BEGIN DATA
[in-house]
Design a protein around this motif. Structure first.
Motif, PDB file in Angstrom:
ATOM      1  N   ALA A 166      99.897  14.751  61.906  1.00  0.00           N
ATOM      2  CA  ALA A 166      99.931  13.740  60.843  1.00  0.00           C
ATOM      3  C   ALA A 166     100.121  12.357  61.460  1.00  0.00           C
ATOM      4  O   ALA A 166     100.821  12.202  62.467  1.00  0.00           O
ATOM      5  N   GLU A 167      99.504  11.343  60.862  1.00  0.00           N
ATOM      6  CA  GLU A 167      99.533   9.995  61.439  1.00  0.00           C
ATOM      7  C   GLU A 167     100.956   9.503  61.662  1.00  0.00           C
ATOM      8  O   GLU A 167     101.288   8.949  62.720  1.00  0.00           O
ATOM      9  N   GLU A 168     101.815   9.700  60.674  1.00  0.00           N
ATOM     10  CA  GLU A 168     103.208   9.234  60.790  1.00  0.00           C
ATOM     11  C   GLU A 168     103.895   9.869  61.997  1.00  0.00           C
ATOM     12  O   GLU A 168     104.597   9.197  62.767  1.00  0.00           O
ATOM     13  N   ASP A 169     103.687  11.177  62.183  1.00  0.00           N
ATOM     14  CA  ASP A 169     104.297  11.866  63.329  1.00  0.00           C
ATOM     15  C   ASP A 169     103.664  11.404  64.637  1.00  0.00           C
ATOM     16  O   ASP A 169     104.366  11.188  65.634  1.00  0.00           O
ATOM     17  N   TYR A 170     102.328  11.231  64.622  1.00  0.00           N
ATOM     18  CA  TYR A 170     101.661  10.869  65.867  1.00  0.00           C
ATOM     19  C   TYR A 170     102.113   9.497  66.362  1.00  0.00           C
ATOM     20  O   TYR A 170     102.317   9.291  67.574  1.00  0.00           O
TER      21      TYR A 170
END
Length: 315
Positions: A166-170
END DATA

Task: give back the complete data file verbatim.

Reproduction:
[in-house]
Design a protein around this motif. Structure first.
Motif, PDB file in Angstrom:
ATOM      1  N   ALA A 166      99.897  14.751  61.906  1.00  0.00           N
ATOM      2  CA  ALA A 166      99.931  13.740  60.843  1.00  0.00           C
ATOM      3  C   ALA A 166     100.121  12.357  61.460  1.00  0.00           C
ATOM      4  O   ALA A 166     100.821  12.202  62.467  1.00  0.00           O
ATOM      5  N   GLU A 167      99.504  11.343  60.862  1.00  0.00           N
ATOM      6  CA  GLU A 167      99.533   9.995  61.439  1.00  0.00           C
ATOM      7  C   GLU A 167     100.956   9.503  61.662  1.00  0.00           C
ATOM      8  O   GLU A 167     101.288   8.949  62.720  1.00  0.00           O
ATOM      9  N   GLU A 168     101.815   9.700  60.674  1.00  0.00           N
ATOM     10  CA  GLU A 168     103.208   9.234  60.790  1.00  0.00           C
ATOM     11  C   GLU A 168     103.895   9.869  61.997  1.00  0.00           C
ATOM     12  O   GLU A 168     104.597   9.197  62.767  1.00  0.00           O
ATOM     13  N   ASP A 169     103.687  11.177  62.183  1.00  0.00           N
ATOM     14  CA  ASP A 169     104.297  11.866  63.329  1.00  0.00           C
ATOM     15  C   ASP A 169     103.664  11.404  64.637  1.00  0.00           C
ATOM     16  O   ASP A 169     104.366  11.188  65.634  1.00  0.00           O
ATOM     17  N   TYR A 170     102.328  11.231  64.622  1.00  0.00           N
ATOM     18  CA  TYR A 170     101.661  10.869  65.867  1.00  0.00           C
ATOM     19  C   TYR A 170     102.113   9.497  66.362  1.00  0.00           C
ATOM     20  O   TYR A 170     102.317   9.291  67.574  1.00  0.00           O
TER      21      TYR A 170
END
Length: 315
Positions: A166-170